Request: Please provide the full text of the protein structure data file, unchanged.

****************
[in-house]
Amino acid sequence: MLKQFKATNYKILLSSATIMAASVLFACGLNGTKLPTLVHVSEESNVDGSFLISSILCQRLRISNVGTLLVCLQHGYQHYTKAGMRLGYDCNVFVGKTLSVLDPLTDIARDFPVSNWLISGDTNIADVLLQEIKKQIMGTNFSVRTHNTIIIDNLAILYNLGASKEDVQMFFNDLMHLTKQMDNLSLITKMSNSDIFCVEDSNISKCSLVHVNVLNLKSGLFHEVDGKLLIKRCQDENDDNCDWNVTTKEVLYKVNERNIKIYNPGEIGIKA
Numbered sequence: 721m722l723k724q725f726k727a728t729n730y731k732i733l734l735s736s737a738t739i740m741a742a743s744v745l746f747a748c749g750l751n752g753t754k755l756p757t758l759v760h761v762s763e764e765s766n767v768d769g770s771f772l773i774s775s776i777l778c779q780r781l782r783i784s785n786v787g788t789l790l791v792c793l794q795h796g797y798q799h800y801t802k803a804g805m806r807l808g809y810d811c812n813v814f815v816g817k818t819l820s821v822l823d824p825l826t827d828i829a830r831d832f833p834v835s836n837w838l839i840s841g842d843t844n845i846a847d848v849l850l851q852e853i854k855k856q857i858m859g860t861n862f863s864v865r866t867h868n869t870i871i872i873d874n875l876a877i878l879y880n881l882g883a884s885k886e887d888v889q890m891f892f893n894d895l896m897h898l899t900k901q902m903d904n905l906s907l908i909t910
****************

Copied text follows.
[in-house]
Amino acid sequence: MLKQFKATNYKILLSSATIMAASVLFACGLNGTKLPTLVHVSEESNVDGSFLISSILCQRLRISNVGTLLVCLQHGYQHYTKAGMRLGYDCNVFVGKTLSVLDPLTDIARDFPVSNWLISGDTNIADVLLQEIKKQIMGTNFSVRTHNTIIIDNLAILYNLGASKEDVQMFFNDLMHLTKQMDNLSLITKMSNSDIFCVEDSNISKCSLVHVNVLNLKSGLFHEVDGKLLIKRCQDENDDNCDWNVTTKEVLYKVNERNIKIYNPGEIGIKA
Numbered sequence: 721m722l723k724q725f726k727a728t729n730y731k732i733l734l735s736s737a738t739i740m741a742a743s744v745l746f747a748c749g750l751n752g753t754k755l756p757t758l759v760h761v762s763e764e765s766n767v768d769g770s771f772l773i774s775s776i777l778c779q780r781l782r783i784s785n786v787g788t789l790l791v792c793l794q795h796g797y798q799h800y801t802k803a804g805m806r807l808g809y810d811c812n813v814f815v816g817k818t819l820s821v822l823d824p825l826t827d828i829a830r831d832f833p834v835s836n837w838l839i840s841g842d843t844n845i846a847d848v849l850l851q852e853i854k855k856q857i858m859g860t861n862f863s864v865r866t867h868n869t870i871i872i873d874n875l876a877i878l879y880n881l882g883a884s885k886e887d888v889q890m891f892f893n894d895l896m897h898l899t900k901q902m903d904n905l906s907l908i909t910